Captain Phillips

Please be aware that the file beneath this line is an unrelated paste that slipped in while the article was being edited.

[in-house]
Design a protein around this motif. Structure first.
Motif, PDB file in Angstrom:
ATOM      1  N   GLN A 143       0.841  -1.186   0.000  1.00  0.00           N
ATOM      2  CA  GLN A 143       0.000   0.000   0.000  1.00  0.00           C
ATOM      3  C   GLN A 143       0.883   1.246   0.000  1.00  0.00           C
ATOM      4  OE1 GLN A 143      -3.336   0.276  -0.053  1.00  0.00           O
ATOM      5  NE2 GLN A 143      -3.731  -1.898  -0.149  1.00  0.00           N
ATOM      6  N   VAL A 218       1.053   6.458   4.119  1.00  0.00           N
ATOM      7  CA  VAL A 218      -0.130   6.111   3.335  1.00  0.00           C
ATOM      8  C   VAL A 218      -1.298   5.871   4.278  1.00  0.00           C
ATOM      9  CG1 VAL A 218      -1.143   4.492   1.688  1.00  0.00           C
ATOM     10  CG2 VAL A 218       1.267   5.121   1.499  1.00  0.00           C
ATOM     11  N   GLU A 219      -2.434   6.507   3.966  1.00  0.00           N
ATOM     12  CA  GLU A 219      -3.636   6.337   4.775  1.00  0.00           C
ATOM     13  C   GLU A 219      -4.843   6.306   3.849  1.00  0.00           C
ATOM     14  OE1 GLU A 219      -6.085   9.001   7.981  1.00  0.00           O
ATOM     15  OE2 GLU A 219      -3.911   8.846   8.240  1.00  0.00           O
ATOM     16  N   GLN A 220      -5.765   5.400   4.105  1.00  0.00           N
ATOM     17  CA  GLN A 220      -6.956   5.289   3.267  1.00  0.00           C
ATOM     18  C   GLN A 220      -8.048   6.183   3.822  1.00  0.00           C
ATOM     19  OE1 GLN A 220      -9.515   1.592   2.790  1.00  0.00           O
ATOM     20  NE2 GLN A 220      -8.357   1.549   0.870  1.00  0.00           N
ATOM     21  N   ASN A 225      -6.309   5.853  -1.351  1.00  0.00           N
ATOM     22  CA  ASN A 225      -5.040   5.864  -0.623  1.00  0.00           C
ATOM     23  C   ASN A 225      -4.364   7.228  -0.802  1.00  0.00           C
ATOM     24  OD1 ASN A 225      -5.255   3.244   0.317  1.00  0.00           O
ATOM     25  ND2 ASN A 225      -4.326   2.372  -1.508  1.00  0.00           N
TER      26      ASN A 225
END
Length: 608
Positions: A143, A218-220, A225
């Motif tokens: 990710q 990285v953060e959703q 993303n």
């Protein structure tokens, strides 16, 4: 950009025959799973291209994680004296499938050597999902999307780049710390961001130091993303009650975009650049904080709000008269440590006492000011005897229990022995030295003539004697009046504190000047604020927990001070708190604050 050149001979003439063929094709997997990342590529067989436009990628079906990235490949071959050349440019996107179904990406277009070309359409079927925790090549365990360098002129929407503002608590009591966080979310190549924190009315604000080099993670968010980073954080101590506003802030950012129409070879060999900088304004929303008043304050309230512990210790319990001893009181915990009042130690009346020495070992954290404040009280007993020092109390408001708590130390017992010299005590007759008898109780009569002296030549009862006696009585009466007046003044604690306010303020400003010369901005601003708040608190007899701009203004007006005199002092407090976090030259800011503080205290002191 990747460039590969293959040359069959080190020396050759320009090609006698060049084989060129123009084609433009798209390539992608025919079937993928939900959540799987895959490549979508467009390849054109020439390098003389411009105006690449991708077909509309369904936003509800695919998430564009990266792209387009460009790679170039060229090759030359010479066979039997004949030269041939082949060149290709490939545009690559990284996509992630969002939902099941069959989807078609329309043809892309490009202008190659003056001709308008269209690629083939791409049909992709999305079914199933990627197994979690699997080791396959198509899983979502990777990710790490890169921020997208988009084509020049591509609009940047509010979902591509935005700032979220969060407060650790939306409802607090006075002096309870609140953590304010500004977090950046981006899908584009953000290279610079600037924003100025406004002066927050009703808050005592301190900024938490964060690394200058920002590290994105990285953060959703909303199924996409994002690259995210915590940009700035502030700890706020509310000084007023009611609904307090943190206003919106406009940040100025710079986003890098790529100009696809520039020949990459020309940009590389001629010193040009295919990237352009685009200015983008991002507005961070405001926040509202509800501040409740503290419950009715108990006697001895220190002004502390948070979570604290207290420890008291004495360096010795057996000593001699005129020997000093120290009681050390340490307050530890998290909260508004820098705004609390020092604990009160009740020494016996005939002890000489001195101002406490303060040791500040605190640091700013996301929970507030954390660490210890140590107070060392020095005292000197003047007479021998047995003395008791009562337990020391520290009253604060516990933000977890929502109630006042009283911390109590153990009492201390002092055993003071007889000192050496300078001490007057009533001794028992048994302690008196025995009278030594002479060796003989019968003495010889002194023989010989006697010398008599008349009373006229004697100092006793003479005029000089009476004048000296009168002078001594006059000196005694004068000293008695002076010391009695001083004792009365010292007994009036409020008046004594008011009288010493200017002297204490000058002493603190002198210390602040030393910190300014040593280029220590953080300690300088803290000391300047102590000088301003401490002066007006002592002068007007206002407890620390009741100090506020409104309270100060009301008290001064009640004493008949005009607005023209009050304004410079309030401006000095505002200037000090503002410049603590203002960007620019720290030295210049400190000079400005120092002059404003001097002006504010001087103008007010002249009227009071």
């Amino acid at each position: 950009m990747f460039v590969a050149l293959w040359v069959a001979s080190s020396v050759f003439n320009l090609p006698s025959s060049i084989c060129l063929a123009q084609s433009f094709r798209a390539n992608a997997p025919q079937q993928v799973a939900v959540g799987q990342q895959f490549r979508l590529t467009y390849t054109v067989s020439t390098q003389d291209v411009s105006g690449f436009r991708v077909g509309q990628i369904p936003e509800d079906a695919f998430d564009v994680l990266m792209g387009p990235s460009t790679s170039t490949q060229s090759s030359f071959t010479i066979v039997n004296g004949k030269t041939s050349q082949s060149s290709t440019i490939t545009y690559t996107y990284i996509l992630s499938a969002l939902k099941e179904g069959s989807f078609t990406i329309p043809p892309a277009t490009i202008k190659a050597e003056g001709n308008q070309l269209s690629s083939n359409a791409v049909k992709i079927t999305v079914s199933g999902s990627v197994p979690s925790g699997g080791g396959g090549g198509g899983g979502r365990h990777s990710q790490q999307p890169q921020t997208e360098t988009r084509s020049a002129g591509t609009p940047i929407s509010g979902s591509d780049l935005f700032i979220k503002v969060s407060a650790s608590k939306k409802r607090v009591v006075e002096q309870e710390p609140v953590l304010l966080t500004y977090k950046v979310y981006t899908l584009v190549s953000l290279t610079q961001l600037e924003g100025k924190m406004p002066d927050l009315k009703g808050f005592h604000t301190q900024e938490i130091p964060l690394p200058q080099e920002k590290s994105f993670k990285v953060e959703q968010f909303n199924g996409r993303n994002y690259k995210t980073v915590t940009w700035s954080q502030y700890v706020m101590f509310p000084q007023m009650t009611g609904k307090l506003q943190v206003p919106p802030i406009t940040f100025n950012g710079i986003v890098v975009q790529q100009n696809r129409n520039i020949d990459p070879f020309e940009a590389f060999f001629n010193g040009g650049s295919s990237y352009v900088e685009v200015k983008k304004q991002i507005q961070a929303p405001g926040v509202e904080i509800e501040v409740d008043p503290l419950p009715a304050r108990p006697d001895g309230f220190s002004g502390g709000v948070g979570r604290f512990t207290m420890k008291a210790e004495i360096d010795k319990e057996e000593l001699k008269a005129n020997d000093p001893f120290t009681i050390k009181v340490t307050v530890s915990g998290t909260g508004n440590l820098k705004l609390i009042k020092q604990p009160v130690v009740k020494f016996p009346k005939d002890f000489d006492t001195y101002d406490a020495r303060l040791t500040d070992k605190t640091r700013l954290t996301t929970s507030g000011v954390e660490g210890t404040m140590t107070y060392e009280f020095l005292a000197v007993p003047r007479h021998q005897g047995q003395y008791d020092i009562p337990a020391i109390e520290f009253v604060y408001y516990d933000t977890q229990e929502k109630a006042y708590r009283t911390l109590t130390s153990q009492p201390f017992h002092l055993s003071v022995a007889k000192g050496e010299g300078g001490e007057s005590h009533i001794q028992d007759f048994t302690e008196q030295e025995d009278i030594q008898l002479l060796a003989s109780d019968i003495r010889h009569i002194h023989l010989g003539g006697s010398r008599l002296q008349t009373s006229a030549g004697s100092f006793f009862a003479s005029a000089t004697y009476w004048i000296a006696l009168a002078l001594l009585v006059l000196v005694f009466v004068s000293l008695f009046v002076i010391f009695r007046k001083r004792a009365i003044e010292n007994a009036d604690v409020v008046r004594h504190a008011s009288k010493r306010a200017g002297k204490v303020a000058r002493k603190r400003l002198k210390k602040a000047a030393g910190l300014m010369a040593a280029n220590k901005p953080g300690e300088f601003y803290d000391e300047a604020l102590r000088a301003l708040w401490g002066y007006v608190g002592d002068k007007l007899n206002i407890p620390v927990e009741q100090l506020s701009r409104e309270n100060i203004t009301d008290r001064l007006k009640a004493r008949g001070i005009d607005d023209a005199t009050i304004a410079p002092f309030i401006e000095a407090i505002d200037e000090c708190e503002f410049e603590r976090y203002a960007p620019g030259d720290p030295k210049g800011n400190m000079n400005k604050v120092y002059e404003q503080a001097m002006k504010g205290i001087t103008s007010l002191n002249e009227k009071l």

Paul Greengrass's The Bourne Ultimatum (2007) was a finely crafted film totally lacking in humor -- which is not to say that's a bad thing. Aside from star Matt Damon and some marvelous location shooting, it bore little resemblance to the first in the Bourne trilogy, Doug Liman's The Bourne Identity, which featured welcome smatterings of humor amidst the car chases and sniper shootings. Greengrass is an action-adventure master who knows how to turn up the heat and the intensity both on audiences and his leads. And so he does in his new, no-nonsense film, Captain Phillips, the true story of an attempted hijacking of an American cargo ship by Somali pirates near the horn of Africa. After thwarting the pirates' attempts to take his vessel, Phillips (Tom Hanks) is taken hostage by the pirate captain Muse (Barkhad Abdi) and his crew, who set off in the ship's lifeboat, a big orange motorized boot, and set course for Somalia to deliver Phillips up for ransom. When the action shifts to the confining quarters of the lifeboat, the film's intensity increases markedly and becomes nearly unbearable. Hanks, whose work in this film is truly splendid and deserving every accolade it will undoubtedly receive, becomes the epitome of desperation and dignity. It's a wonderful, and exhausting, movie. Highly recommended but not for the little ones.

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